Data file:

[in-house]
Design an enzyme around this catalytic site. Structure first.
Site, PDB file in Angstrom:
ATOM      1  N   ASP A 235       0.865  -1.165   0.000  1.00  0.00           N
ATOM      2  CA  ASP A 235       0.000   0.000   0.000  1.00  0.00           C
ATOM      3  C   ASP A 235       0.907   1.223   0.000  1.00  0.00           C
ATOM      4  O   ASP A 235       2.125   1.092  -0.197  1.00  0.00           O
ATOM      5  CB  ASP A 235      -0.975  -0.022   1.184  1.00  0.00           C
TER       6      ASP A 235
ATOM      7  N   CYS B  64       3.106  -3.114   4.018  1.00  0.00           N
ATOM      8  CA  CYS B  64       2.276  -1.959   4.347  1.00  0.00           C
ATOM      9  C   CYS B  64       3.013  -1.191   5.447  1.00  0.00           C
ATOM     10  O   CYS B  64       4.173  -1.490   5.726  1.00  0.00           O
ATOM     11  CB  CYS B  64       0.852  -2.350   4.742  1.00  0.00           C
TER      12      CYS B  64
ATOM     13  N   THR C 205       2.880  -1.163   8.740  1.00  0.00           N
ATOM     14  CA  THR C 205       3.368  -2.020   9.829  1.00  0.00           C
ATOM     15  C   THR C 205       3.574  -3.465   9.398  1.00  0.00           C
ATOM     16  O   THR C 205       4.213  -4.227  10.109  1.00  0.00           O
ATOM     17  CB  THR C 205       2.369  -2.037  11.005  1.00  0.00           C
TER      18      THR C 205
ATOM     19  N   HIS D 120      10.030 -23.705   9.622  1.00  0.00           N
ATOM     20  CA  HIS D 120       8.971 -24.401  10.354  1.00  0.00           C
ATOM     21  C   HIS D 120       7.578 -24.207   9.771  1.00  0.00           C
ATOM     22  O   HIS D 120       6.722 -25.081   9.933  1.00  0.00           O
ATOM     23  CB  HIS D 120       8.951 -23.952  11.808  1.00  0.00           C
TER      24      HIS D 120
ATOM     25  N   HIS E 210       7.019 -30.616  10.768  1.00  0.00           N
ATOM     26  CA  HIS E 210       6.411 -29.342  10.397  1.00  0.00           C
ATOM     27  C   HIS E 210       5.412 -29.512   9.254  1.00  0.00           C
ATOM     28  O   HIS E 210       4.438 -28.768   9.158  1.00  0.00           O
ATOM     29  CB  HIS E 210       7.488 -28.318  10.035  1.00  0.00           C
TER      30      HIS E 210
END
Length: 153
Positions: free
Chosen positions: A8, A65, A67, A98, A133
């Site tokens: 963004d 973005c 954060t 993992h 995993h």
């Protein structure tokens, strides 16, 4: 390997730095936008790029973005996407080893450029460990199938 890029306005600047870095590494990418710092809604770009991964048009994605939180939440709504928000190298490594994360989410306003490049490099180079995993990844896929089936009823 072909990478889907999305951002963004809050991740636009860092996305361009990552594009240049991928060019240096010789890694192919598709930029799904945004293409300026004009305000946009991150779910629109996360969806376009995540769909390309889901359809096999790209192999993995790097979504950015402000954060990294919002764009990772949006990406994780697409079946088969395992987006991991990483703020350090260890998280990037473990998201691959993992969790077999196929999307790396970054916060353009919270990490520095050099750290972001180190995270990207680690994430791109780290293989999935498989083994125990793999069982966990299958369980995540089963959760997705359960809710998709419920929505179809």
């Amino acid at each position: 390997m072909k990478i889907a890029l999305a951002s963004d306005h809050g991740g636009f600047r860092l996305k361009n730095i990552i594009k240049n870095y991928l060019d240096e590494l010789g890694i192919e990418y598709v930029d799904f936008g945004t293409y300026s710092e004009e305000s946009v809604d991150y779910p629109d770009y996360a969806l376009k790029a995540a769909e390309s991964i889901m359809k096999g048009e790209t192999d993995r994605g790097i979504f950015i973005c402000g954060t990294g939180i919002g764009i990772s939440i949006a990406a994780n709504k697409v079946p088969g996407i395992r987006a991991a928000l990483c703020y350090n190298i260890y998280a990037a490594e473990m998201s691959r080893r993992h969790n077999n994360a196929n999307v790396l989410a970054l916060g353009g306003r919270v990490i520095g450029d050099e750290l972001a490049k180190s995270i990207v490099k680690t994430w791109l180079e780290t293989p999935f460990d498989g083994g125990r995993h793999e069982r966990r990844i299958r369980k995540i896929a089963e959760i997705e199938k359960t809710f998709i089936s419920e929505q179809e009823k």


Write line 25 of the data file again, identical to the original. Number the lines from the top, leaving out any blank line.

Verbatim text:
ATOM     22  O   HIS D 120       6.722 -25.081   9.933  1.00  0.00           O